In a continuing effort to assess security in South Sudan, national Minister of Interior Alison Manana Magaya visited the Lakes State capital of Rumbek today.
Speaking to Radio Miraya, the minister said the government was working to professionalize law enforcement agencies so that they could deliver good services to citizens.
He warned members of the uniformed forces that drinking alcohol on duty was forbidden and that those caught doing so would lose their jobs. “Harassing civilians and causing enmity between the police and community must stop.”
“We want to change,” said Mr. Magaya. “This means a lot of things. It means the way we do things, the way we conduct ourselves, the way we appear, the way we behave toward civilians, the way we want project ourselves as a new nation.”
He said his ministry was aware of challenges facing police, including lack of transport and uniforms, but promised that these problems would be addressed.
Minister Magaya added that disarmament in the state would continue and that auxiliary forces would be increased to protect civilians.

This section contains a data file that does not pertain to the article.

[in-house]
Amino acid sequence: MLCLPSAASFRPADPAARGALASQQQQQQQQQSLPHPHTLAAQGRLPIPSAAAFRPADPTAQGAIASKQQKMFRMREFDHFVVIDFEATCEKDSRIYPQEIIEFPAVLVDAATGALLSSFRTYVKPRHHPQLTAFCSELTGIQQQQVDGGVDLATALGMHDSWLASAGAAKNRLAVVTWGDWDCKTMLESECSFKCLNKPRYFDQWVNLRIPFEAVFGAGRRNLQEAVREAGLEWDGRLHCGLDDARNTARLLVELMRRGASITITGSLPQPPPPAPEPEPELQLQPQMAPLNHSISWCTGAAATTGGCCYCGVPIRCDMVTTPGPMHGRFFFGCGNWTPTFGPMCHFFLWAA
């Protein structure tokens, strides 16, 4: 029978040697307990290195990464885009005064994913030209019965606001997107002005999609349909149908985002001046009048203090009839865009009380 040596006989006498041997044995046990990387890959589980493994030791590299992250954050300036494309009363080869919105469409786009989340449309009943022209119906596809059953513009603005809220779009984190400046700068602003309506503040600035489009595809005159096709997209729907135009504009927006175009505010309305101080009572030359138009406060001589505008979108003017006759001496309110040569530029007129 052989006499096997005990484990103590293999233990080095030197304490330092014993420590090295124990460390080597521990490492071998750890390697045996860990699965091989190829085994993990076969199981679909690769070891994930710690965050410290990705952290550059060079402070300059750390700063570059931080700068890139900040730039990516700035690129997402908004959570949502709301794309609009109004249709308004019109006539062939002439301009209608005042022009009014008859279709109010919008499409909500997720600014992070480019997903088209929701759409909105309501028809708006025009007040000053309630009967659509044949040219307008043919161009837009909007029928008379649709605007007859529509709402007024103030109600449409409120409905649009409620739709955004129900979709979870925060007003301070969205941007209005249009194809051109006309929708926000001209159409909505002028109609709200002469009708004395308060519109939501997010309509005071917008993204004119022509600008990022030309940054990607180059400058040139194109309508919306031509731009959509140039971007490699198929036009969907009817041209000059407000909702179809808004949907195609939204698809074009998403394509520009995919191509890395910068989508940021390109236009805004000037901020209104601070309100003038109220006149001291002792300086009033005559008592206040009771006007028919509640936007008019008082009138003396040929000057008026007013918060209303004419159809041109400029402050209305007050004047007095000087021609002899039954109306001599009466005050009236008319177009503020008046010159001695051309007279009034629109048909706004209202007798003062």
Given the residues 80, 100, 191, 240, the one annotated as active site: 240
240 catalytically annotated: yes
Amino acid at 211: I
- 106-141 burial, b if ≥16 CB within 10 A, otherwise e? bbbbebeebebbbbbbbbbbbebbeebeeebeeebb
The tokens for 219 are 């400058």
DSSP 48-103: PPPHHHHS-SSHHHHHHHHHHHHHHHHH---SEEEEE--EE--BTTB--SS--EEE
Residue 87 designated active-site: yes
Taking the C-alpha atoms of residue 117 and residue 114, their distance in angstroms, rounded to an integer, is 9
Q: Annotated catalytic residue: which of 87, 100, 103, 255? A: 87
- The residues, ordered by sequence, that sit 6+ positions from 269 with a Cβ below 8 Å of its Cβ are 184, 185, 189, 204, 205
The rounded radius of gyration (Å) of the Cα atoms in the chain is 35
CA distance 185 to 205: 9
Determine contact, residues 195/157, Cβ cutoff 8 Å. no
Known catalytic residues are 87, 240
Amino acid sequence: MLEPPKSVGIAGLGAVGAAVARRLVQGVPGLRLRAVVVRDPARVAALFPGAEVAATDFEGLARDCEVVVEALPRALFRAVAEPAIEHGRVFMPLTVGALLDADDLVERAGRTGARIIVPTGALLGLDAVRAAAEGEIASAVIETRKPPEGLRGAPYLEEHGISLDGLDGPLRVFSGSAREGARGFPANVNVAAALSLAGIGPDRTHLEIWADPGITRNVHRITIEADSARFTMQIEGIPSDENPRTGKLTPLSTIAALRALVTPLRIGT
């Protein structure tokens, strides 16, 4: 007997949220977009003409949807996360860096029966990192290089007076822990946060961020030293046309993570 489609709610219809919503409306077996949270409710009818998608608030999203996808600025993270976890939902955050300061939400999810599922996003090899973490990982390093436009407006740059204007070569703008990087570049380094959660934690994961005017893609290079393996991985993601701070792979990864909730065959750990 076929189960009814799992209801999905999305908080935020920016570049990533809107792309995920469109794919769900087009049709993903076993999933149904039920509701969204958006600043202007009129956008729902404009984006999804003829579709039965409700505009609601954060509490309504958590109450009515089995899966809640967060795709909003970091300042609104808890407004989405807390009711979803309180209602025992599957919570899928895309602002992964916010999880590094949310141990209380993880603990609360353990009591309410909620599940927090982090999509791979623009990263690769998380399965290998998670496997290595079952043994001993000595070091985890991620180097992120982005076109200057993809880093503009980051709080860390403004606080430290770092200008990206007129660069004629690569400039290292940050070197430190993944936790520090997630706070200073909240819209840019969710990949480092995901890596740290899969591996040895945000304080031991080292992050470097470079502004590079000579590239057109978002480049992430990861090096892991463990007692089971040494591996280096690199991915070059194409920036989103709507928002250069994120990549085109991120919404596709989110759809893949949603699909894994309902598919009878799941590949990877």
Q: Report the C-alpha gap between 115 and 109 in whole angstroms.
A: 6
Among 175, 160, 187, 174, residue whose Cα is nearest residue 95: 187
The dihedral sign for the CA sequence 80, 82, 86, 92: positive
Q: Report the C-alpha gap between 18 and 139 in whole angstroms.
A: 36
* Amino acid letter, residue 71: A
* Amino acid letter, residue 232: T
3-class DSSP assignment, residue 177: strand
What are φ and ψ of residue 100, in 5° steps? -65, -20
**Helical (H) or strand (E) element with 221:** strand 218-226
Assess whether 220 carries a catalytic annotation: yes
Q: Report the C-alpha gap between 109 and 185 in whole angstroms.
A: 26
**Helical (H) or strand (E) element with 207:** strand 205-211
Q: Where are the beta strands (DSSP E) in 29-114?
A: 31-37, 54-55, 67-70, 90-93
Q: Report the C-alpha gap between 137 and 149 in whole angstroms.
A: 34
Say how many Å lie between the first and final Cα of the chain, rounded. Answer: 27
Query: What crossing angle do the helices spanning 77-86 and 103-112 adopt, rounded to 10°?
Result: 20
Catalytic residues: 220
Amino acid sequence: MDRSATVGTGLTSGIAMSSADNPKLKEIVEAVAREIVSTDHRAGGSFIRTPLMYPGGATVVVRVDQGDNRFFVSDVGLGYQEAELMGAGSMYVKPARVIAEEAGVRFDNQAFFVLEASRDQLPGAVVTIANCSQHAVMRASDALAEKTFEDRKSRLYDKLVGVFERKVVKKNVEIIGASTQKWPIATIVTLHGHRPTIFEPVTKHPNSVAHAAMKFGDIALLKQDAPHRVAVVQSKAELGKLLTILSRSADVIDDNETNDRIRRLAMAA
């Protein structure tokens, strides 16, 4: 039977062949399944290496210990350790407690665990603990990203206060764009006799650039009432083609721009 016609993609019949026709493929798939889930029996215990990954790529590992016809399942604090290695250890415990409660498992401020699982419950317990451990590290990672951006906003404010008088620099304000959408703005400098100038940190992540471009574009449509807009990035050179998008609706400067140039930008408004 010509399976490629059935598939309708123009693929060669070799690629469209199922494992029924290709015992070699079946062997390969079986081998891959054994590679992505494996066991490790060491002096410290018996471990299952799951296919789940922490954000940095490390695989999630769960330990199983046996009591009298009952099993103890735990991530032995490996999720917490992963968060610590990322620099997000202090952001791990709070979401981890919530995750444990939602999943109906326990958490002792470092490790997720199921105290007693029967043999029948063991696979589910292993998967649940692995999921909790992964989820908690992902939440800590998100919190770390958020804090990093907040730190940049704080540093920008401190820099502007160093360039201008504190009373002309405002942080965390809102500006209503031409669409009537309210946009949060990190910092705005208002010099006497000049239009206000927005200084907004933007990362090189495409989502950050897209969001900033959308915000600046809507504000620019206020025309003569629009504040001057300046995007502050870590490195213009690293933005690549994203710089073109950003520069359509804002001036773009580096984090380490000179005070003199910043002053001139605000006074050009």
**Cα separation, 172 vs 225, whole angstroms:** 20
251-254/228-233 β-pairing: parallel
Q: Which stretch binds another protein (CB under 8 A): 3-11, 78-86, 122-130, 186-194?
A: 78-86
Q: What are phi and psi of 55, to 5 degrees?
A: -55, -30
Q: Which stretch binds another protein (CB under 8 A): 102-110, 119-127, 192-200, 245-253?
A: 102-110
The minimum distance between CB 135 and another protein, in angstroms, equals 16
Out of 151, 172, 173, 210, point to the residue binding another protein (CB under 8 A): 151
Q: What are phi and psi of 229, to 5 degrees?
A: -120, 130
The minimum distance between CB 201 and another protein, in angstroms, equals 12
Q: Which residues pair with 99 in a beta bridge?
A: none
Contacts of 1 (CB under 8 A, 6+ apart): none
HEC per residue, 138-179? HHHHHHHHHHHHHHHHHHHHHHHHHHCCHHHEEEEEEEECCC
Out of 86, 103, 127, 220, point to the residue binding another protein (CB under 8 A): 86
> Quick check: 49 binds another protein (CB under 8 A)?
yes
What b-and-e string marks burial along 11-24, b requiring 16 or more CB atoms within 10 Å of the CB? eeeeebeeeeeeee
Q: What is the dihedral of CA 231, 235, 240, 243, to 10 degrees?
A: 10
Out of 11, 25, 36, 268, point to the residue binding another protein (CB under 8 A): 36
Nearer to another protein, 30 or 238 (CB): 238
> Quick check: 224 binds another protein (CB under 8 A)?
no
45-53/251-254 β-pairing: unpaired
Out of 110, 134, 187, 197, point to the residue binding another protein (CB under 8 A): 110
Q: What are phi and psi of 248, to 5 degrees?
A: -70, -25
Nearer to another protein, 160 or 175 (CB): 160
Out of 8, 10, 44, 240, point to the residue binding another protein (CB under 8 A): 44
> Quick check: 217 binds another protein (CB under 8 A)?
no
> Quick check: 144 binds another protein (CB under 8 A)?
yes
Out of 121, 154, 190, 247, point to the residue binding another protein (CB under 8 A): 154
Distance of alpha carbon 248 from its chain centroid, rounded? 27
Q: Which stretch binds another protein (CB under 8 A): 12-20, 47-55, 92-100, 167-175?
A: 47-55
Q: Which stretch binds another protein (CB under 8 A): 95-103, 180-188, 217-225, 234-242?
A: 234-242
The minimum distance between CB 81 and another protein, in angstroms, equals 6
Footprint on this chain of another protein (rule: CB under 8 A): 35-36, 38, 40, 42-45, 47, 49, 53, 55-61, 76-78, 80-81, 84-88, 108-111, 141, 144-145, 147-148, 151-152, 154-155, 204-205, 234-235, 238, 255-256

Speaking of other security issues in South Sudan, he said that Jonglei State would begin a comprehensive disarmament programme before the rainy season began (in April).
“In Jonglei we are going to start it and this time it is going to be comprehensive,” Minister Magaya said. “This time we will be taking away arms from the civil population and police will be there to protect them.”
The government would send an auxiliary force to Jonglei to participate in disarmament and create a buffer zone to keep communities from fighting each other, the minister said.
In honour of Minister Magaya’s first visit to Lakes State, several bulls were slaughtered – one at the airport to welcome him and others at Rumbek Central prison, the police station and fire department.
As per tradition, the minister jumped over each of the slaughtered bulls.